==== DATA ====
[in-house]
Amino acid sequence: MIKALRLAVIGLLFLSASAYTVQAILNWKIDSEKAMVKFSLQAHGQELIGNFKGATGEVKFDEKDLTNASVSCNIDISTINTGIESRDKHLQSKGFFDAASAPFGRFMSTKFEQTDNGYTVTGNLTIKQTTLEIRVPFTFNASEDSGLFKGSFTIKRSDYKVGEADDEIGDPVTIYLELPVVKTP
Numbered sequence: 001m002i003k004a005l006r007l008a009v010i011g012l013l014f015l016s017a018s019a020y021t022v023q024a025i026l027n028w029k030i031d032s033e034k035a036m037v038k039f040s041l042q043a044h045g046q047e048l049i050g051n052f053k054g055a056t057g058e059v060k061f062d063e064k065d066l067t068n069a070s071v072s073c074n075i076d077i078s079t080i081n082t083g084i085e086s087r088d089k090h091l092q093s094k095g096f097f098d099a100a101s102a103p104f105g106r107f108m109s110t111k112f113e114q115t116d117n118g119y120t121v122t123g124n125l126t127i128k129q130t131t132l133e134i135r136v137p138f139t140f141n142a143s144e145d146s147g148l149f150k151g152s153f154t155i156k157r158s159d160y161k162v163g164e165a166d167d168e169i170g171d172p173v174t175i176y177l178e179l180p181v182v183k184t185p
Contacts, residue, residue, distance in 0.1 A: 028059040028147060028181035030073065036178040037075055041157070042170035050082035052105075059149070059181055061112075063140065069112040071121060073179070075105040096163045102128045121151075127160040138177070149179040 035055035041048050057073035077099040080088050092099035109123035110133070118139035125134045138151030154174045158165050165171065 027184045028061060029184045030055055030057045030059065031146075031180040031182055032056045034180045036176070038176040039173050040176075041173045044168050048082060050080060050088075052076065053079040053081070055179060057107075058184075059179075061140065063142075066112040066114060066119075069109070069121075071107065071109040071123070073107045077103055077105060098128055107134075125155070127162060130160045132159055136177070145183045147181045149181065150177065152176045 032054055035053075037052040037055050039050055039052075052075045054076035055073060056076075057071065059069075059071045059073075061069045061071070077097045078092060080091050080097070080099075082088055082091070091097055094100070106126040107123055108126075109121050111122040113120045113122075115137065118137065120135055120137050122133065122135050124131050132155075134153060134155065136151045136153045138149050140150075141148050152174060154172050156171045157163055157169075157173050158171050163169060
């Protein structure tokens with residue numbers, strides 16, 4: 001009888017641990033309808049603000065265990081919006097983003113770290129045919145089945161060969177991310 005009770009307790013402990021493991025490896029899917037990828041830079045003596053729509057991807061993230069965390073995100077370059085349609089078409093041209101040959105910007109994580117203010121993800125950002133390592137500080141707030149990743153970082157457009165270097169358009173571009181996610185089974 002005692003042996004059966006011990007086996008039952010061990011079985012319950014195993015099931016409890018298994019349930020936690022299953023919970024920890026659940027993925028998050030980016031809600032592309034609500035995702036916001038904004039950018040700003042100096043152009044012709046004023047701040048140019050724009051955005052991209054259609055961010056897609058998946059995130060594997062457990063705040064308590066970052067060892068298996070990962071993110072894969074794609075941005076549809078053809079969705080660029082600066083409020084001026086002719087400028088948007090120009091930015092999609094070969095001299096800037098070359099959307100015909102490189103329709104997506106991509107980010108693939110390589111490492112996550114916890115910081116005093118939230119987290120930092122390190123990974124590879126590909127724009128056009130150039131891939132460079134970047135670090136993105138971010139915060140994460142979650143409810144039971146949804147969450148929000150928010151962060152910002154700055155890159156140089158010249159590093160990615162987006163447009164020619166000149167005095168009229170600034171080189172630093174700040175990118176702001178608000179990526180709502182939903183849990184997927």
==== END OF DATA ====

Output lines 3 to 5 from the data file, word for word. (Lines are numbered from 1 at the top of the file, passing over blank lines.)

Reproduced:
Numbered sequence: 001m002i003k004a005l006r007l008a009v010i011g012l013l014f015l016s017a018s019a020y021t022v023q024a025i026l027n028w029k030i031d032s033e034k035a036m037v038k039f040s041l042q043a044h045g046q047e048l049i050g051n052f053k054g055a056t057g058e059v060k061f062d063e064k065d066l067t068n069a070s071v072s073c074n075i076d077i078s079t080i081n082t083g084i085e086s087r088d089k090h091l092q093s094k095g096f097f098d099a100a101s102a103p104f105g106r107f108m109s110t111k112f113e114q115t116d117n118g119y120t121v122t123g124n125l126t127i128k129q130t131t132l133e134i135r136v137p138f139t140f141n142a143s144e145d146s147g148l149f150k151g152s153f154t155i156k157r158s159d160y161k162v163g164e165a166d167d168e169i170g171d172p173v174t175i176y177l178e179l180p181v182v183k184t185p
Contacts, residue, residue, distance in 0.1 A: 028059040028147060028181035030073065036178040037075055041157070042170035050082035052105075059149070059181055061112075063140065069112040071121060073179070075105040096163045102128045121151075127160040138177070149179040 035055035041048050057073035077099040080088050092099035109123035110133070118139035125134045138151030154174045158165050165171065 027184045028061060029184045030055055030057045030059065031146075031180040031182055032056045034180045036176070038176040039173050040176075041173045044168050048082060050080060050088075052076065053079040053081070055179060057107075058184075059179075061140065063142075066112040066114060066119075069109070069121075071107065071109040071123070073107045077103055077105060098128055107134075125155070127162060130160045132159055136177070145183045147181045149181065150177065152176045 032054055035053075037052040037055050039050055039052075052075045054076035055073060056076075057071065059069075059071045059073075061069045061071070077097045078092060080091050080097070080099075082088055082091070091097055094100070106126040107123055108126075109121050111122040113120045113122075115137065118137065120135055120137050122133065122135050124131050132155075134153060134155065136151045136153045138149050140150075141148050152174060154172050156171045157163055157169075157173050158171050163169060
């Protein structure tokens with residue numbers, strides 16, 4: 001009888017641990033309808049603000065265990081919006097983003113770290129045919145089945161060969177991310 005009770009307790013402990021493991025490896029899917037990828041830079045003596053729509057991807061993230069965390073995100077370059085349609089078409093041209101040959105910007109994580117203010121993800125950002133390592137500080141707030149990743153970082157457009165270097169358009173571009181996610185089974 002005692003042996004059966006011990007086996008039952010061990011079985012319950014195993015099931016409890018298994019349930020936690022299953023919970024920890026659940027993925028998050030980016031809600032592309034609500035995702036916001038904004039950018040700003042100096043152009044012709046004023047701040048140019050724009051955005052991209054259609055961010056897609058998946059995130060594997062457990063705040064308590066970052067060892068298996070990962071993110072894969074794609075941005076549809078053809079969705080660029082600066083409020084001026086002719087400028088948007090120009091930015092999609094070969095001299096800037098070359099959307100015909102490189103329709104997506106991509107980010108693939110390589111490492112996550114916890115910081116005093118939230119987290120930092122390190123990974124590879126590909127724009128056009130150039131891939132460079134970047135670090136993105138971010139915060140994460142979650143409810144039971146949804147969450148929000150928010151962060152910002154700055155890159156140089158010249159590093160990615162987006163447009164020619166000149167005095168009229170600034171080189172630093174700040175990118176702001178608000179990526180709502182939903183849990184997927």